Just how does your partner’s poor credit score affect your chances of getting a mortgage?

Getting a mortgage when you have bad credit can be difficult, but at least it’s an issue you feel personally responsible for. When it is your partner’s history that affects your mortgage application, it can seem particularly unfair.

Can you simply leave them completely out of the process, ignore their adverse credit history, and get the loan in your own name?

Here at The Mortgage Hut we have the answers!
Just how does your partner’s poor credit score affect your chances of getting a mortgage?

Individuals and joint mortgages – when one low credit rating affects another

Typically, mortgage lenders want a mortgage to be in the names of all adults living in a property. Joint mortgages are the standard in a marriage or other long-term partnership and unfortunately this means that the credit score of both partners influence the mortgage application.

Worse, rather than a good credit score bringing the overall quality of the application up, it is the poorer history that will bring the overall chance of acceptance down. This can be particularly jarring for someone with years of near-perfect credit history who finds themselves unable to get a high street mortgage deal because their partner hasn’t been so careful with money through their life.

However, all is not lost! Mortgage lenders do tend to look at the application as a whole and if questions regarding the bad credit can be reasonably answered, then there is every chance for a successful application.

It may also be possible for one of the partners to apply for an individual mortgage and make that low credit score an irrelevance – here it all comes down to affordability.
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Affordability – the hidden side of your credit score

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When looking at bad credit mortgage loans, the lender does not simply leave everything up to your credit score. They also look at your level of affordability.

The basics of your credit score

A credit score is built up over time by showing a good attitude and level of responsibility with credit. If you take out a loan and pay it back on-time in full, then you will generate positive points for your score; conversely, if you are frequently late on credit card repayments then your score will drop accordingly. Larger issues such as CCJs or defaults can have an additional and significant impact on your credit score.

Having a good credit score is a very positive thing, but it doesn’t mean you will automatically be accepted for a mortgage.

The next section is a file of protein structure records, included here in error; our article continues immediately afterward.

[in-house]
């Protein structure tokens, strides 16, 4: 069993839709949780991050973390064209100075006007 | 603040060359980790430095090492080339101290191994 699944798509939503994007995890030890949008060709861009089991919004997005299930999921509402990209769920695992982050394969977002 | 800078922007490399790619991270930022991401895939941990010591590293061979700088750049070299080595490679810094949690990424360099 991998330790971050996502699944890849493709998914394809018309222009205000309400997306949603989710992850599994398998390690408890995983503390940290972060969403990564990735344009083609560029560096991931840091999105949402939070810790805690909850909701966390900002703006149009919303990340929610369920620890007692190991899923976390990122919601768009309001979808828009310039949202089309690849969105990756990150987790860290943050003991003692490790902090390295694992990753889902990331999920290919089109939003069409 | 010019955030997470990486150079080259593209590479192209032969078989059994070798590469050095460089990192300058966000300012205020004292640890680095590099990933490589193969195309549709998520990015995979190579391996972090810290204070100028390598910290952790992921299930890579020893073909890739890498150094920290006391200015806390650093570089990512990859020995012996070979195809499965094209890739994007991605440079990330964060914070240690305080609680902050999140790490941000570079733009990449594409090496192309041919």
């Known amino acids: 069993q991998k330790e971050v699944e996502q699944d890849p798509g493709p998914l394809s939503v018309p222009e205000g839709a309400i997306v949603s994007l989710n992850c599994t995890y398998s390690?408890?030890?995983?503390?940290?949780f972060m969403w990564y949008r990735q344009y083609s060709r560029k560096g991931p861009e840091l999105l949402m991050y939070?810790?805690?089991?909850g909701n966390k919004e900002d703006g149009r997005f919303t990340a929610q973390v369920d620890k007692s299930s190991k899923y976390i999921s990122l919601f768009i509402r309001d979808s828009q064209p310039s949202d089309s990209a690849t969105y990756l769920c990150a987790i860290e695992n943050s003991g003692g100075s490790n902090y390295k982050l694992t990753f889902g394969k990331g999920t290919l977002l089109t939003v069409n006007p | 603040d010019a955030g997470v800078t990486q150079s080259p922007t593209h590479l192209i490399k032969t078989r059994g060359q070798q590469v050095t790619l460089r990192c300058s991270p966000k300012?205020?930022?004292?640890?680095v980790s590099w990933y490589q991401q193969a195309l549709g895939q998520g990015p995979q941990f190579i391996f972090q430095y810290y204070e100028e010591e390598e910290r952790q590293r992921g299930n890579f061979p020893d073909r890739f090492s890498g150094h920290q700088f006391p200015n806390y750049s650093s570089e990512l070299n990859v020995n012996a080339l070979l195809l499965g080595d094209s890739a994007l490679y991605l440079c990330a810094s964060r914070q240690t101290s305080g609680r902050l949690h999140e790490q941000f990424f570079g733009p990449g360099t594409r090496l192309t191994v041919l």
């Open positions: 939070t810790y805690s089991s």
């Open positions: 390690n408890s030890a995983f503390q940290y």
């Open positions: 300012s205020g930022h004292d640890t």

Understanding affordability

Affordability is a completely different calculation and looks at your income (or joint income when applying together) and regular outgoings. In simple terms, it measures your monthly spare cash. If your income is simply not strong enough (or the weight of your regular outgoings too great), then you will be considered to have poor affordability. Getting accepted for a mortgage deal is a matter of positive credit scoring and good affordability.

How to get a mortgage with bad credit but good income

The good news is that there are some lenders that will look at your circumstances outside of your credit score. They are willing to listen to you and understand your situation and through a capable bad credit mortgage broker like The Mortgage Hut, you will find yourself being able to get a deal. As long as you have the affordability. Having a good income is going to make those credit score mistakes of past years little more than a conversation – whether they are yours or your partner’s.

The quality of the deal – bad credit mortgages with The Mortgage Hut

Some bad credit mortgage brokers believe that the customer will take anything that is offered and won’t fight for the best possible deal – that’s not our take. We know that everyone deserves the best deal possible and will work hard to get you the best rate possible with a deposit you can afford.

But an adverse credit history with yourself or your partner is going to have an impact on the strength of that deal.

Mortgage lenders will be risking more by offering a bad credit mortgage, and they lower their risk by asking for higher deposits or increasing the interest rate to make it more in their interest.
The quality of the deal – bad credit mortgages with The Mortgage Hut

The options available to a lender are:

  • Refusing your application – with help from The Mortgage Hut, this is rare, and we can typically find a mortgage lender to suit your situation, but ultimately it is the lender’s right to refuse an application.